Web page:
Exeter, Devon UK • Apr 18, 2024 • VOL XII

Exeter, Devon UK • [date-today] • VOL XII
Home Arts & Lit Female Author Spotlight: Hallie Rubenhold

Female Author Spotlight: Hallie Rubenhold

Carys Williams looks at the influential Hallie Rubenhold and her retelling of Jack the Ripper's murders - focusing this time on the victims.
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Image: Idea Store Tower Hamlets via Flickr

What makes a writer influential? Some might say it’s the impact they have, or how they influence the way that people think. This is certainly applicable to Hallie Rubenhold. Both an author and a historian, Rubenhold has published several works, but what catapulted her into the spotlight – as well as the newspaper headlines – was her 2019 book The Five. This book reexamines the ‘Jack the Ripper’ murders of 1888 but with one significant narrative alteration: the focus is on the five women he killed and on the lives they lived. 

The name ‘Jack the Ripper’ has become shrouded in myth over the centuries, and a kind of intrigue has become attached to it that seems more applicable to a ghost story rather than to brutal murders. One has come to surmise and ponder the existence of Jack the Ripper in almost the same way as the Loch Ness Monster, for example. The former has never been identified in the same way that the latter has never been proven. The stories of his murderous rampages have become fable. In The Five, Rubenhold drags the reader’s attention from thoughts of Jack the Ripper guided tours and spooky atmospheres, to the real-life women impacted by his actions. Everybody knows about Jack the Ripper, but how many people know about his victims and who they actually were? Mary “Polly” Ann Nichols, Annie Chapman, Catherine Eddowes, Elizabeth Stride, and Mary Jane Kelly were all murdered in 1888. 

How many people know about [Jack the Ripper’s] victims and who they actually were?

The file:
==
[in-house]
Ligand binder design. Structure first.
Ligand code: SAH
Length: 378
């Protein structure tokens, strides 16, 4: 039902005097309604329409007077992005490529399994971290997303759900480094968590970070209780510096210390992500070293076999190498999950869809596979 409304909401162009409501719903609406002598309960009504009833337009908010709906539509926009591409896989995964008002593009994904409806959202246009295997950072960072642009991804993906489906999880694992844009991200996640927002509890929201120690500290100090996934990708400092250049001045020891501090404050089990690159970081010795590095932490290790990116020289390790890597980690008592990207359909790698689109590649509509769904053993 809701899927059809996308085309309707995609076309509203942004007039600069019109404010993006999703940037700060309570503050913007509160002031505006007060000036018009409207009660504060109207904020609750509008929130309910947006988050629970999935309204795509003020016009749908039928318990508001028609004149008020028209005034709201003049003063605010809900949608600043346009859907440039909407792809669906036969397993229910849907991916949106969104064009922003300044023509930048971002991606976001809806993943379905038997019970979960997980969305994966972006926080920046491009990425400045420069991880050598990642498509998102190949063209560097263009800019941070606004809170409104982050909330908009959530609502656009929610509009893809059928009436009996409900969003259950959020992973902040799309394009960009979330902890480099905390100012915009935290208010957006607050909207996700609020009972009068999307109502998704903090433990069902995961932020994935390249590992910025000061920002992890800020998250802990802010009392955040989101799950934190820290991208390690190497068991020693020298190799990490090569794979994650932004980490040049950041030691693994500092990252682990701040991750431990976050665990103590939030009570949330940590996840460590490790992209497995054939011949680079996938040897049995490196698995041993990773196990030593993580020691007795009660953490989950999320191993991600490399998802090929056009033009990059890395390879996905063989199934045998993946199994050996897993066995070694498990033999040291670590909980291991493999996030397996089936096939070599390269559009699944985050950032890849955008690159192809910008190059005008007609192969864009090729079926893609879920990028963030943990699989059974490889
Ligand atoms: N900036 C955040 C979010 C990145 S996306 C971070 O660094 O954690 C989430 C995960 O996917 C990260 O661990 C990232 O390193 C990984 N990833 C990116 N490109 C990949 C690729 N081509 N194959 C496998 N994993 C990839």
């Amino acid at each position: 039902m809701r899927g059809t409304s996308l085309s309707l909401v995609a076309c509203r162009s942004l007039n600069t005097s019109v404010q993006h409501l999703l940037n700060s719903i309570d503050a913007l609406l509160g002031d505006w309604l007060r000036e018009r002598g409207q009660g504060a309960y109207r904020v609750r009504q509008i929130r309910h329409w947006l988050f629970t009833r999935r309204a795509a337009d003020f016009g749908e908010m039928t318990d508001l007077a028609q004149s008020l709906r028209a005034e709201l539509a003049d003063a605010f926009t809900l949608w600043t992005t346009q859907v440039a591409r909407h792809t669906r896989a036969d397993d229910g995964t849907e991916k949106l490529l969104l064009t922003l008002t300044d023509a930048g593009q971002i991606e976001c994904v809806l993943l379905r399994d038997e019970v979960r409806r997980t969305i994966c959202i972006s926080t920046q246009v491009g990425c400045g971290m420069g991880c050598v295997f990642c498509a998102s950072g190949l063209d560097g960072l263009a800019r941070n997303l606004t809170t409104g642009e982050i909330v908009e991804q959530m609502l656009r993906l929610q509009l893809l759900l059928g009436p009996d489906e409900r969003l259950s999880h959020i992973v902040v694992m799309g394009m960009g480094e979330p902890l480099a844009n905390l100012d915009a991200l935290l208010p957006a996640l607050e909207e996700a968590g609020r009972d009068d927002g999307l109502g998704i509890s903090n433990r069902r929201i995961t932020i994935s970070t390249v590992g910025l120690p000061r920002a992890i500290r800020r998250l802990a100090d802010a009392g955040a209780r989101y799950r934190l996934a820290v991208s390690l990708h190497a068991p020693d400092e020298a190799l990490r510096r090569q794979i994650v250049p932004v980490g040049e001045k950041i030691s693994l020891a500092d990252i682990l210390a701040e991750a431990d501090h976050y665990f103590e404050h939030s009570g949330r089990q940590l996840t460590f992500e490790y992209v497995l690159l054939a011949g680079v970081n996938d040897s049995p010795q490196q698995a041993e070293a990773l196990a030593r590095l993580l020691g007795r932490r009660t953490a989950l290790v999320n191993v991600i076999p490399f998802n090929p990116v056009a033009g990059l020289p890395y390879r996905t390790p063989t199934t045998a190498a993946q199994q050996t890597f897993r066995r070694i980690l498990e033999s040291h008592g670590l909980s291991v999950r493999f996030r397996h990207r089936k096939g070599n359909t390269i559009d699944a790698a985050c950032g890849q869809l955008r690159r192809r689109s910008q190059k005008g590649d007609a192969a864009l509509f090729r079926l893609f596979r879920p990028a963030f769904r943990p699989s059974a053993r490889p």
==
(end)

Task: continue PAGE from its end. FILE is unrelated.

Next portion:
Rubenhold noticed that above anything else, the only general knowledge possessed by society surrounding these women was that they were sex workers. This information, albeit very limited, would have been helpful if it wasn’t completely false. Only two of his victims had a history of being sex workers at some point in their lives. This goes to show how the notions surrounding gender and the locations which these women frequented at the time led to the development of a narrative that was mostly far from the truth, one that still exists today and is the impression of the victims that most people are familiar with, if they are familiar with them at all. 

While Rubenhold has experienced a lot of backlash from those in society keen to uphold the traditional narrative surrounding Jack the Ripper, it is vital to point out that she has been heavily influential in offering a new perspective and in having acknowledged the actual day-to-day lives of his victims, so they no longer remain simply a collection of names. In her attempt to reclaim the women’s stories after they had been overshadowed by speculation surrounding the killer himself, Rubenhold portrays the victims to the reader as women who worked in many trades, and who had ambitions and hopes. When faced with such a colourful, varied depiction of the women as people, one is left wondering how much of the general knowledge about them is based on assumption, and it is valuable that Rubenhold was able to offer this new insight into the lives of five women whose voices and life stories had been largely lost to history and shaped by hearsay.

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